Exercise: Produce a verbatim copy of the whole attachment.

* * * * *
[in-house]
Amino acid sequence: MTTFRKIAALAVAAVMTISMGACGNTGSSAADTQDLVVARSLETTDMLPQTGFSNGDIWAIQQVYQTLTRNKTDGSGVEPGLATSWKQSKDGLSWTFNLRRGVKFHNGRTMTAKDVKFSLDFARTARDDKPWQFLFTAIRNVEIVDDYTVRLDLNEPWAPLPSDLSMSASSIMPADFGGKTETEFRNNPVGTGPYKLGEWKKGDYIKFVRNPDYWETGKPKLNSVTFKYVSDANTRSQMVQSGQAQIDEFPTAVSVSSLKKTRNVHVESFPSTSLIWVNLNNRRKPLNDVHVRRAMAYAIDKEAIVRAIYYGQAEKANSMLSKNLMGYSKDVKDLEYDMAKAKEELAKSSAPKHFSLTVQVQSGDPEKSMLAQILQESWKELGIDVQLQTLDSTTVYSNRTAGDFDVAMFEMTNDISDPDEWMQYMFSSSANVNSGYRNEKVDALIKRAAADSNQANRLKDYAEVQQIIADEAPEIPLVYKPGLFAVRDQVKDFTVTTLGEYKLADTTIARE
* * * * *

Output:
[in-house]
Amino acid sequence: MTTFRKIAALAVAAVMTISMGACGNTGSSAADTQDLVVARSLETTDMLPQTGFSNGDIWAIQQVYQTLTRNKTDGSGVEPGLATSWKQSKDGLSWTFNLRRGVKFHNGRTMTAKDVKFSLDFARTARDDKPWQFLFTAIRNVEIVDDYTVRLDLNEPWAPLPSDLSMSASSIMPADFGGKTETEFRNNPVGTGPYKLGEWKKGDYIKFVRNPDYWETGKPKLNSVTFKYVSDANTRSQMVQSGQAQIDEFPTAVSVSSLKKTRNVHVESFPSTSLIWVNLNNRRKPLNDVHVRRAMAYAIDKEAIVRAIYYGQAEKANSMLSKNLMGYSKDVKDLEYDMAKAKEELAKSSAPKHFSLTVQVQSGDPEKSMLAQILQESWKELGIDVQLQTLDSTTVYSNRTAGDFDVAMFEMTNDISDPDEWMQYMFSSSANVNSGYRNEKVDALIKRAAADSNQANRLKDYAEVQQIIADEAPEIPLVYKPGLFAVRDQVKDFTVTTLGEYKLADTTIARE